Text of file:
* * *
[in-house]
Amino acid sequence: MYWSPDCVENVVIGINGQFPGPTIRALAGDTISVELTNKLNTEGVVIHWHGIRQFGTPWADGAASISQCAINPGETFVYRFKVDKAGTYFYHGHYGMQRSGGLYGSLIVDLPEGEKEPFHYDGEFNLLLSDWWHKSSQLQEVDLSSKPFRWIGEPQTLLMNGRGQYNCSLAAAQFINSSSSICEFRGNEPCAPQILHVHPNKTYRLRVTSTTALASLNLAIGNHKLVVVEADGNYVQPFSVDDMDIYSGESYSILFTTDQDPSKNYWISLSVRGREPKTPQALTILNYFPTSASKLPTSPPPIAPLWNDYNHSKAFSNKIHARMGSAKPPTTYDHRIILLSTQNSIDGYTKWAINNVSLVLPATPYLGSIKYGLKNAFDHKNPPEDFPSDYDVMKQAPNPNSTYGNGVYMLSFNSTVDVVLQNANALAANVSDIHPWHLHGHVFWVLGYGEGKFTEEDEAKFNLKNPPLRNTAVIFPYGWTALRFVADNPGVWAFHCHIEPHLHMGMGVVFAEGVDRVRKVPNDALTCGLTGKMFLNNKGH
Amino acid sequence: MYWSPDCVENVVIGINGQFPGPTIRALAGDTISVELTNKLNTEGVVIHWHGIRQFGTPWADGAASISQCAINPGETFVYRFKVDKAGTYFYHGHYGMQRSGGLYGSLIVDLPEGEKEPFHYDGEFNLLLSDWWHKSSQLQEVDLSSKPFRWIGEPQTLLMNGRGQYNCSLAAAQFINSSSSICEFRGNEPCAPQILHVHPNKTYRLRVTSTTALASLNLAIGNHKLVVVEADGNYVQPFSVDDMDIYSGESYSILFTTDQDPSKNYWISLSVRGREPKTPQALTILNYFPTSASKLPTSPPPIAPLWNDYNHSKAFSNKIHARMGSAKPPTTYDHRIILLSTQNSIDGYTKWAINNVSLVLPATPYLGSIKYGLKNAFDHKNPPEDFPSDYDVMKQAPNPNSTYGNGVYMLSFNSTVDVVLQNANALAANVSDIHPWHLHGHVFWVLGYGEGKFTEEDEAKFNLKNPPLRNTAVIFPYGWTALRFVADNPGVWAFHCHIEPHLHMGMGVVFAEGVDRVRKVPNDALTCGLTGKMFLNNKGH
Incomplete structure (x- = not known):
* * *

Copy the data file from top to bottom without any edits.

[in-house]
Amino acid sequence: MYWSPDCVENVVIGINGQFPGPTIRALAGDTISVELTNKLNTEGVVIHWHGIRQFGTPWADGAASISQCAINPGETFVYRFKVDKAGTYFYHGHYGMQRSGGLYGSLIVDLPEGEKEPFHYDGEFNLLLSDWWHKSSQLQEVDLSSKPFRWIGEPQTLLMNGRGQYNCSLAAAQFINSSSSICEFRGNEPCAPQILHVHPNKTYRLRVTSTTALASLNLAIGNHKLVVVEADGNYVQPFSVDDMDIYSGESYSILFTTDQDPSKNYWISLSVRGREPKTPQALTILNYFPTSASKLPTSPPPIAPLWNDYNHSKAFSNKIHARMGSAKPPTTYDHRIILLSTQNSIDGYTKWAINNVSLVLPATPYLGSIKYGLKNAFDHKNPPEDFPSDYDVMKQAPNPNSTYGNGVYMLSFNSTVDVVLQNANALAANVSDIHPWHLHGHVFWVLGYGEGKFTEEDEAKFNLKNPPLRNTAVIFPYGWTALRFVADNPGVWAFHCHIEPHLHMGMGVVFAEGVDRVRKVPNDALTCGLTGKMFLNNKGH
Amino acid sequence: MYWSPDCVENVVIGINGQFPGPTIRALAGDTISVELTNKLNTEGVVIHWHGIRQFGTPWADGAASISQCAINPGETFVYRFKVDKAGTYFYHGHYGMQRSGGLYGSLIVDLPEGEKEPFHYDGEFNLLLSDWWHKSSQLQEVDLSSKPFRWIGEPQTLLMNGRGQYNCSLAAAQFINSSSSICEFRGNEPCAPQILHVHPNKTYRLRVTSTTALASLNLAIGNHKLVVVEADGNYVQPFSVDDMDIYSGESYSILFTTDQDPSKNYWISLSVRGREPKTPQALTILNYFPTSASKLPTSPPPIAPLWNDYNHSKAFSNKIHARMGSAKPPTTYDHRIILLSTQNSIDGYTKWAINNVSLVLPATPYLGSIKYGLKNAFDHKNPPEDFPSDYDVMKQAPNPNSTYGNGVYMLSFNSTVDVVLQNANALAANVSDIHPWHLHGHVFWVLGYGEGKFTEEDEAKFNLKNPPLRNTAVIFPYGWTALRFVADNPGVWAFHCHIEPHLHMGMGVVFAEGVDRVRKVPNDALTCGLTGKMFLNNKGH
Incomplete structure (x- = not known):